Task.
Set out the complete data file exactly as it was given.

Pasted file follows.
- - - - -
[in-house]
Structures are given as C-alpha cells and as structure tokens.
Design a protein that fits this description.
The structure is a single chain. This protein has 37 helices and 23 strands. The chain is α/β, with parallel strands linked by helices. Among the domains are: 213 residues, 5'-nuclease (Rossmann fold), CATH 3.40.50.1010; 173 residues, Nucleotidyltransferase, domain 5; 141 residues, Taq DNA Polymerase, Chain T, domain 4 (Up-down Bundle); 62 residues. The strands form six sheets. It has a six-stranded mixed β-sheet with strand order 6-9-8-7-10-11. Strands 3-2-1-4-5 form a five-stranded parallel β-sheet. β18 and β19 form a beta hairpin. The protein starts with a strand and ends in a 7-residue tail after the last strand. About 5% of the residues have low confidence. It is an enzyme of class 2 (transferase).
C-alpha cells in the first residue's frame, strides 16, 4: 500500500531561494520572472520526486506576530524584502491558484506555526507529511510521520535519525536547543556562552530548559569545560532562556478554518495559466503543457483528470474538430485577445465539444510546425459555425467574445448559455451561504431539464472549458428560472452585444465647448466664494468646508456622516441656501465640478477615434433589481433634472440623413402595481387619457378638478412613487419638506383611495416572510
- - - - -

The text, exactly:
[in-house]
Structures are given as C-alpha cells and as structure tokens.
Design a protein that fits this description.
The structure is a single chain. This protein has 37 helices and 23 strands. The chain is α/β, with parallel strands linked by helices. Among the domains are: 213 residues, 5'-nuclease (Rossmann fold), CATH 3.40.50.1010; 173 residues, Nucleotidyltransferase, domain 5; 141 residues, Taq DNA Polymerase, Chain T, domain 4 (Up-down Bundle); 62 residues. The strands form six sheets. It has a six-stranded mixed β-sheet with strand order 6-9-8-7-10-11. Strands 3-2-1-4-5 form a five-stranded parallel β-sheet. β18 and β19 form a beta hairpin. The protein starts with a strand and ends in a 7-residue tail after the last strand. About 5% of the residues have low confidence. It is an enzyme of class 2 (transferase).
C-alpha cells in the first residue's frame, strides 16, 4: 500500500531561494520572472520526486506576530524584502491558484506555526507529511510521520535519525536547543556562552530548559569545560532562556478554518495559466503543457483528470474538430485577445465539444510546425459555425467574445448559455451561504431539464472549458428560472452585444465647448466664494468646508456622516441656501465640478477615434433589481433634472440623413402595481387619457378638478412613487419638506383611495416572510